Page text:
Even though I've seen every episode of Firefly, I'm watching the DVD set that includes the "added features" that provide greater context and background. I think of DVD sets as another interpretation or instance of the original creative act. Firefly is another example of the unfortunate trend of intelligent, creative, thoughtful television series that usually die a quick death. Especially the ones that focus on "unorthodox" characters (think "Freaks and Geeks").
If these studio executives want to engage an audience that seems to be deserting them, perhaps they should tap into the passion and enthusiasm that continues--perhaps even grows--for Firefly. Instead of producing "geek TV" that ultimately results in the same offering, these folks should cultivate shows like Firefly, with television as one of the various channels for consumption. Or maybe television isn't even part of the equation anymore. I wouldn't be surprised if Firefly rises from its ashes without formal studio support. Firefly is an exemplary example of a mashup in concept, design, and music. Television is still a medium for homogeneous content offered through a one-way exchange. Clay Shirky, someone who's much more articulate and insightful about such matters offers a provocative and insightful view on this idea. One of my favorite lines from Firefly might be appropriate (albeit in a very different way) for the TV industry as they think about their audience:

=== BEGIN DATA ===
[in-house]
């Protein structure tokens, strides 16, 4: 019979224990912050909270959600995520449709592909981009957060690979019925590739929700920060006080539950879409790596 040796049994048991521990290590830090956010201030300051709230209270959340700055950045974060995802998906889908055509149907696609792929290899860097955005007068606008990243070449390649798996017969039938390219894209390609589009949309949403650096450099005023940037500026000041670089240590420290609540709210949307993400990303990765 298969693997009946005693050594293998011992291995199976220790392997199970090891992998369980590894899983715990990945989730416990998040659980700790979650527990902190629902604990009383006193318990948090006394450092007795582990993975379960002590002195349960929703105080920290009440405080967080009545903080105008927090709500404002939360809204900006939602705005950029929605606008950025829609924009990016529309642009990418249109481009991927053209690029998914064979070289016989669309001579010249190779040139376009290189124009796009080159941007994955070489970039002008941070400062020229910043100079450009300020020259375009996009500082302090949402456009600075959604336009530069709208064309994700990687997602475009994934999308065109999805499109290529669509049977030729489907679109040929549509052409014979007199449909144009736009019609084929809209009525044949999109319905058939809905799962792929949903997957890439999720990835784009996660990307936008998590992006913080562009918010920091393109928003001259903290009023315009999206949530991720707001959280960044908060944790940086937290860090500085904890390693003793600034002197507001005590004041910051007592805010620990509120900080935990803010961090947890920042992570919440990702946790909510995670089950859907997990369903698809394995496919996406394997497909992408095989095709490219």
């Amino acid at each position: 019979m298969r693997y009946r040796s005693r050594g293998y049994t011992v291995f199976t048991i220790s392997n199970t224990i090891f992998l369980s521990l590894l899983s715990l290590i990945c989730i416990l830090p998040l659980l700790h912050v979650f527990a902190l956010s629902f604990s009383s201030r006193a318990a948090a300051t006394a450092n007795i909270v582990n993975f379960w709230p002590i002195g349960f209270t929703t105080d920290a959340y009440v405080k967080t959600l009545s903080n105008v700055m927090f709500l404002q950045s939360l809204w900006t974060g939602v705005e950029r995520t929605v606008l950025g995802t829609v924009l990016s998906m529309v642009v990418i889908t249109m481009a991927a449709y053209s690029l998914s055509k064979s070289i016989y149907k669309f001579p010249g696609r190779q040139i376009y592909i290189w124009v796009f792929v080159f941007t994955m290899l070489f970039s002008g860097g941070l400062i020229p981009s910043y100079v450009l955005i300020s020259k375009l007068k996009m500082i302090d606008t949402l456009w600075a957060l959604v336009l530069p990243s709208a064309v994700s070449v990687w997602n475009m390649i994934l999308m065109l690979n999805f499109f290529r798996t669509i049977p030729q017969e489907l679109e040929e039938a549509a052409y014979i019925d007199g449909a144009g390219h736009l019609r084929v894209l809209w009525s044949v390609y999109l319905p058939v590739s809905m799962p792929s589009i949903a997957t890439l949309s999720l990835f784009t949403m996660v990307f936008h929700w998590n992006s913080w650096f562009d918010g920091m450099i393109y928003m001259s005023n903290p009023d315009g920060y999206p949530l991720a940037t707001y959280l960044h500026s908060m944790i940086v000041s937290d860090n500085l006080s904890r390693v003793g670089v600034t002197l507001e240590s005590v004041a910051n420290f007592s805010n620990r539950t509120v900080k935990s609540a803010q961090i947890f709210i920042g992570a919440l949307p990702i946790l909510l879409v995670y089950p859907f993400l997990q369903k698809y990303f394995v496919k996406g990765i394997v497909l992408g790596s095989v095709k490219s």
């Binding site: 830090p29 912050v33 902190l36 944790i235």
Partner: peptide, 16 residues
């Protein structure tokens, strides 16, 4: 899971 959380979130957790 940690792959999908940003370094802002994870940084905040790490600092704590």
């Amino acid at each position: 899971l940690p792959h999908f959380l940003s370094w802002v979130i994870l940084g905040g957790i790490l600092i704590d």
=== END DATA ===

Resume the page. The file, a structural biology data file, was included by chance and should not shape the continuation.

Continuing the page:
"Ya'll gonna be here when I wake up?"
Sunday, May 25, 2008
Monday, May 05, 2008
Over the past few months, I've experienced some of the most demanding and challenging times of my life. Today as I was walking, I felt the warmth of the sun and the spring breeze on my face in a moment of serenity. At that moment, I was convinced that breezes are whispers from God.